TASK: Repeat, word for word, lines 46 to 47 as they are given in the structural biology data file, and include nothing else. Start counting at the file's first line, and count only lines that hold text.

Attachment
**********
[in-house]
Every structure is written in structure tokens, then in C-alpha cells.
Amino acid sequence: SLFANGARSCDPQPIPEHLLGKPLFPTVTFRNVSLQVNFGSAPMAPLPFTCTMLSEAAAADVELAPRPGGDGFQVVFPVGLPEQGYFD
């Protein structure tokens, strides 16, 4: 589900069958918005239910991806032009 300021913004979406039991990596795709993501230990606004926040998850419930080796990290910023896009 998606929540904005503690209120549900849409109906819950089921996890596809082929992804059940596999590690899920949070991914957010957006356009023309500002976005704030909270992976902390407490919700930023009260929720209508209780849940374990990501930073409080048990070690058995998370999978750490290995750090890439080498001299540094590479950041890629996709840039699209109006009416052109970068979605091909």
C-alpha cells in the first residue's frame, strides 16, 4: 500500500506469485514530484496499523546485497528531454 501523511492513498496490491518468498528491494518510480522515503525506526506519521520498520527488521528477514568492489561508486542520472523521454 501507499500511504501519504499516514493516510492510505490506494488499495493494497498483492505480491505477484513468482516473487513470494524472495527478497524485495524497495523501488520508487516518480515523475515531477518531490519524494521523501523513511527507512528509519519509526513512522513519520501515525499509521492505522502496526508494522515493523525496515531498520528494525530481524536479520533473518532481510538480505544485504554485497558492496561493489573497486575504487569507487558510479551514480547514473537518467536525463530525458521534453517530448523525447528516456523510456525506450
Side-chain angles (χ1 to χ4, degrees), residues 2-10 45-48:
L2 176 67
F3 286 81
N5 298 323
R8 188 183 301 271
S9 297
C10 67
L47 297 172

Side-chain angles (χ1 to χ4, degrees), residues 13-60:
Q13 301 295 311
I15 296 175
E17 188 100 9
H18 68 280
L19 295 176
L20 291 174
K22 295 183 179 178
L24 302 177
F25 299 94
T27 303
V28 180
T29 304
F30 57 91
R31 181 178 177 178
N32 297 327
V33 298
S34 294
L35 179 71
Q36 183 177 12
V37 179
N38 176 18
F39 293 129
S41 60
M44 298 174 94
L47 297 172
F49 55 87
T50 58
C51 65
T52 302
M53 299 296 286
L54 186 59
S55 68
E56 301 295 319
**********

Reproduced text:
S55 68
E56 301 295 319